LSU vs. Florida

LSU football sophomore quarterback Max Johnson (14) yells a play to his team Saturday, Oct. 16, 2021, during LSU's 49-42 win against Florida at Tiger Stadium in Baton Rouge, La.

This Saturday, LSU will be taking on an Alabama team that is fresh off being ranked the No. 2 team in the country. Bama is Bama, and LSU will not be given much chance heading into this game. LSU is currently 28.5 point underdogs being given a 10% chance to win by ESPN. But why is it so low? Alabama has lost this year. Are they the same team as always? 

Alabama's Offense Key Stats

*ranks are out of 130 (all stats courtesy of ESPN and NCAA)

Total Offense: 10th

Passing Offense: 11th

Rushing Offense: 59th

3rd Down Conversion %: 1st (58.3%)

Offensive Efficiency: 2nd

Time of Possession: 13th

In typical Alabama fashion, they have a dominant offense being run by a former high-profile coach. Bill O’Brien is a name that’s been thrown around for LSU’s upcoming vacancy, so fans may want to keep an extra eye on the offense in this weekend’s game. O’Brien hasn’t done much to change Alabama’s usual scheme, and like usual, is just using the insane talent he has on call however it fits them best.

Bryce Young has stepped into the starting role for the first time this year and has worked his way into being the Heisman favorite. Young has thrown for almost 2,500 yards and has a 26 to 3 touchdown to interception ratio. Young should have one of his easier matchups this week because of how many LSU defensive backs are out.

Speaking of taking advantage of secondary injuries, Bama shockingly has an unfair wide receiver group. Jameson Williams is a future top-20 NFL pick; he is currently second in the SEC in receiving yards behind Treylon Burks. His speed could prove deadly for LSU. John Metchie is sixth in the SEC in receiving and is an all-around playmaker. They’ve had some injury issues at TE, but have a ton of talent there too.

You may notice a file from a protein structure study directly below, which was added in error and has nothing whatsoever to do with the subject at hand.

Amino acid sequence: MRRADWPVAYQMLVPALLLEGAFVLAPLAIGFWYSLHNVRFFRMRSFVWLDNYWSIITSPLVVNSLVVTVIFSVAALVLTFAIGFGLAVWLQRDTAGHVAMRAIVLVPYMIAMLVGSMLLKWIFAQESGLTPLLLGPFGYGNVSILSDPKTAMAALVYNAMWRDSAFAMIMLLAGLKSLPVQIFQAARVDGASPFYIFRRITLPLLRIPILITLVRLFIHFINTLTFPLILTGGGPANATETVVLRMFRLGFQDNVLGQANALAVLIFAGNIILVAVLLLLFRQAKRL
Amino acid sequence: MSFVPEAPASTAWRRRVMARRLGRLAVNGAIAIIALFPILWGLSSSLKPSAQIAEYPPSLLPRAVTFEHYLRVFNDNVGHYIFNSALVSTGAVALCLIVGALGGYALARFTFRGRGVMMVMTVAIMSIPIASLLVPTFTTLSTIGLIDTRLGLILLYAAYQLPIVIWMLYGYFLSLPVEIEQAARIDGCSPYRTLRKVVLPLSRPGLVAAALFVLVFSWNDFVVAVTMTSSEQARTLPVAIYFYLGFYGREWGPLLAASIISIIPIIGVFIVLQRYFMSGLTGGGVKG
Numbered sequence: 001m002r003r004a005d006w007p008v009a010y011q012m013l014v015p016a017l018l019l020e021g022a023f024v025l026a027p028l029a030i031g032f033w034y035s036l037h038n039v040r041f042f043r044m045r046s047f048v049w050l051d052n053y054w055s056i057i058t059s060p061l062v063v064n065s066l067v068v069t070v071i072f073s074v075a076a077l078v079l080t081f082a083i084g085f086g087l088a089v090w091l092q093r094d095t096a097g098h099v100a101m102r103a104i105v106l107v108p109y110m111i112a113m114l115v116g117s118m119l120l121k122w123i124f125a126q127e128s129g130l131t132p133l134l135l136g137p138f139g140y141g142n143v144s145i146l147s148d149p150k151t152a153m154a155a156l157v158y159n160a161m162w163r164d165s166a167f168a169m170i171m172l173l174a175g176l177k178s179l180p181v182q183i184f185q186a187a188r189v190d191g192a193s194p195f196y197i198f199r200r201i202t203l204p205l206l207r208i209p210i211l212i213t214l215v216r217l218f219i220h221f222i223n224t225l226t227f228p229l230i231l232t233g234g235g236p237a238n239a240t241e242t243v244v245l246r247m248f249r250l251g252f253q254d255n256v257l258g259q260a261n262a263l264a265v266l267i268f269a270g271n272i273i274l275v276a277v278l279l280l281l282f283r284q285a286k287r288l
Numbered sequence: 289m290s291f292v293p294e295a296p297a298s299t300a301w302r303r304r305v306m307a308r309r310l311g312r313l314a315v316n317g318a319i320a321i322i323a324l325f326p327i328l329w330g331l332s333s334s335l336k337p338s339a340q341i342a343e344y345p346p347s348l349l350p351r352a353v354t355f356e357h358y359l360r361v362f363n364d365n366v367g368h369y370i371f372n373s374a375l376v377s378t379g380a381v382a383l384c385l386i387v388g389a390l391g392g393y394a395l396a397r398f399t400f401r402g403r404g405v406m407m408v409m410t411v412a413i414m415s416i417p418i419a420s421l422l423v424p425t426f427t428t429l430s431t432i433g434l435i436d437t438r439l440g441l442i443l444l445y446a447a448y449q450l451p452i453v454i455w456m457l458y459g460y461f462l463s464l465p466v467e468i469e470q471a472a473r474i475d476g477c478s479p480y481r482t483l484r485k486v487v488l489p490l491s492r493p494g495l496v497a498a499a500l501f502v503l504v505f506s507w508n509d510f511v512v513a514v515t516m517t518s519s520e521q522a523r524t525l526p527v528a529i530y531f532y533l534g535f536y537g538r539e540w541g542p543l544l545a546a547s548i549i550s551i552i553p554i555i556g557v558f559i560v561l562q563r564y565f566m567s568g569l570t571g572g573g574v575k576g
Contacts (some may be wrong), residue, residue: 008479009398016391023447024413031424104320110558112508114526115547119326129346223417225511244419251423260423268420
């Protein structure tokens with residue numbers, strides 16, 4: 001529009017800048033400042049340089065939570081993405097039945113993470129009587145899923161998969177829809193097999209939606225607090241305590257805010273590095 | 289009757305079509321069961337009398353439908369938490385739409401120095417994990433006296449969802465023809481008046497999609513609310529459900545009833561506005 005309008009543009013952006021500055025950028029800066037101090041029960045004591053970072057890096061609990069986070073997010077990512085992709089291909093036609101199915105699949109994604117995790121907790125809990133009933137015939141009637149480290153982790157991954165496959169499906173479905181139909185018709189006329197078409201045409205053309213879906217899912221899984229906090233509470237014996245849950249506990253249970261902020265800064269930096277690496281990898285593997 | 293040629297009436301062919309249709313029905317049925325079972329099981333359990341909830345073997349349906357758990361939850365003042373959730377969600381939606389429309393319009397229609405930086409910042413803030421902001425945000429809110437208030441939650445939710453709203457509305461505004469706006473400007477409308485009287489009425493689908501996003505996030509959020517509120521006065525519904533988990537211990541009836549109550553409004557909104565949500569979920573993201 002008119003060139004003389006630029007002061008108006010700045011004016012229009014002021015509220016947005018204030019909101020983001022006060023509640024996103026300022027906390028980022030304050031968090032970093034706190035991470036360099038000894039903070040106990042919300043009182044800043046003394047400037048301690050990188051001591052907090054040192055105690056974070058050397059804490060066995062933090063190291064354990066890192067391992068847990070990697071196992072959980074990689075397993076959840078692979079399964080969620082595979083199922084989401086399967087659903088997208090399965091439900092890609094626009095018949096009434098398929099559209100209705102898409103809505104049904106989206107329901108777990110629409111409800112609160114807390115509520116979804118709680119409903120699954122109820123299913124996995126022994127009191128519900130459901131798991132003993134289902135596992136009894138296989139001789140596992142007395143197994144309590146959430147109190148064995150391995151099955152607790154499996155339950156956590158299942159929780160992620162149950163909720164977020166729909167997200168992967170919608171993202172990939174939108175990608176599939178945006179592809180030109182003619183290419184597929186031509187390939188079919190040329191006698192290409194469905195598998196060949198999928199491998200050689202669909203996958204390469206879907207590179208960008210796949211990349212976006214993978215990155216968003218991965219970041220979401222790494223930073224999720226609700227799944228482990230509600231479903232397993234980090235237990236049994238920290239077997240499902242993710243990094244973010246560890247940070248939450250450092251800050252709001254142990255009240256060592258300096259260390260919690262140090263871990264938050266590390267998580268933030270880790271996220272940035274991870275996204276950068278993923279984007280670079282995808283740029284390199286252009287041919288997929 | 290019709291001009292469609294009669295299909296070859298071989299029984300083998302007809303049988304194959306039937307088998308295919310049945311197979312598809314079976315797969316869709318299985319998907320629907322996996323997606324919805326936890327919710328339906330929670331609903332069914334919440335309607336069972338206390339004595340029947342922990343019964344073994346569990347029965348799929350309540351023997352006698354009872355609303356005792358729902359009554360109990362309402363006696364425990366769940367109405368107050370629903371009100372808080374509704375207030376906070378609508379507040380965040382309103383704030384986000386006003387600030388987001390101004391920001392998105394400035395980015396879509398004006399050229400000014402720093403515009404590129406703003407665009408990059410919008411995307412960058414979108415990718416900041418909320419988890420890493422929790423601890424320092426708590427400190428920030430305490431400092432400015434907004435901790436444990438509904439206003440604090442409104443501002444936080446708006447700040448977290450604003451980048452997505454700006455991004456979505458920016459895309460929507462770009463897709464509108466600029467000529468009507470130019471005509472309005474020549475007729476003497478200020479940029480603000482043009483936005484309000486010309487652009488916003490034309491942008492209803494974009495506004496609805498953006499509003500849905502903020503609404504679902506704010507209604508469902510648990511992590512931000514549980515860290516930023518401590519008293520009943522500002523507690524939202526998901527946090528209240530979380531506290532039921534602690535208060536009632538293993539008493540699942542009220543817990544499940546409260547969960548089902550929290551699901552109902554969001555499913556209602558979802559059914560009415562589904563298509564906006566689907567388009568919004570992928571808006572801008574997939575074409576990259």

Robinson Jr. has run the ball well behind an offensive line who is being coached by former NFL head coach Doug Marrone. Brian Robinson Jr. versus Damone Clark could be the most fun matchup on the field all day. Clark has come into his own in the latter half of the season, and Robinson Jr. is a big dude who is hard to take down. The 6-foot, 1-inch, 228-pound back is first in the SEC in rushing touchdowns with 10. The run game is clearly the weak link in Alabama’s offense,, so LSU can’t let it get out of hand if they want to have a chance. Take what they give you, and don’t let them have a better game than usual on the ground.

 Alabama’s Defense Key Stats

*ranks are out of 130 (all stats courtesy of ESPN and NCAA)

Total Defense: 13th

Passing Defense: 53rd

Rushing Defense: 4th

3rd Down Conversion % Allowed: Tied 25th (34%)

Turnovers Caused: Tied 11th

Sacks: Tied 26th

Tackles for Loss: Tied 33rd

Defensive Efficiency Grade: 5th

Hammond, Louisiana native Pete Golding is in his third season as defensive coordinator. So LSU has not only seen his schemes before, but they have beaten him. Now, we know this team is nothing like 2019, but it is worth mentioning. Golding’s defenses have not been known to be the best tacklers. LSU has some elusive players who could get free to create some offense.

Alabama has one of the best players in the country in EDGE defender Will Anderson Jr., who has amassed 13 tackles for loss and 7.5 sacks. He will look to get to Max Johnson frequently. The LSU offensive line hasn’t looked as bad as it did to start the year, but I don’t have much faith in them to keep Will Anderson quiet for four quarters. They’ll also have Phidarian Mathis and Byron Young on the defensive line making impacts.

Linebackers Christian Harris and Henry To'oto'o make up one of the smartest and most athletic linebacker duos in the country. I would say that LSU’s best bet for consistent offense would be to try and conjure up some leftover magic from the Florida game and get Ty Davis-Price to run through some faces.

LSU’s young receivers will have the pleasure of going against what is probably the weakest link on the defense, but like the running game on offense, it’s still not that bad. Alabama’s secondary is more experienced than LSU’s wideouts, but have been shown to be liable at times. 

 Bottom Line on Alabama

Strengths: Coaching. Pass offense. Will Anderson Jr.

Weakness: I guess rushing offense and pass defense?


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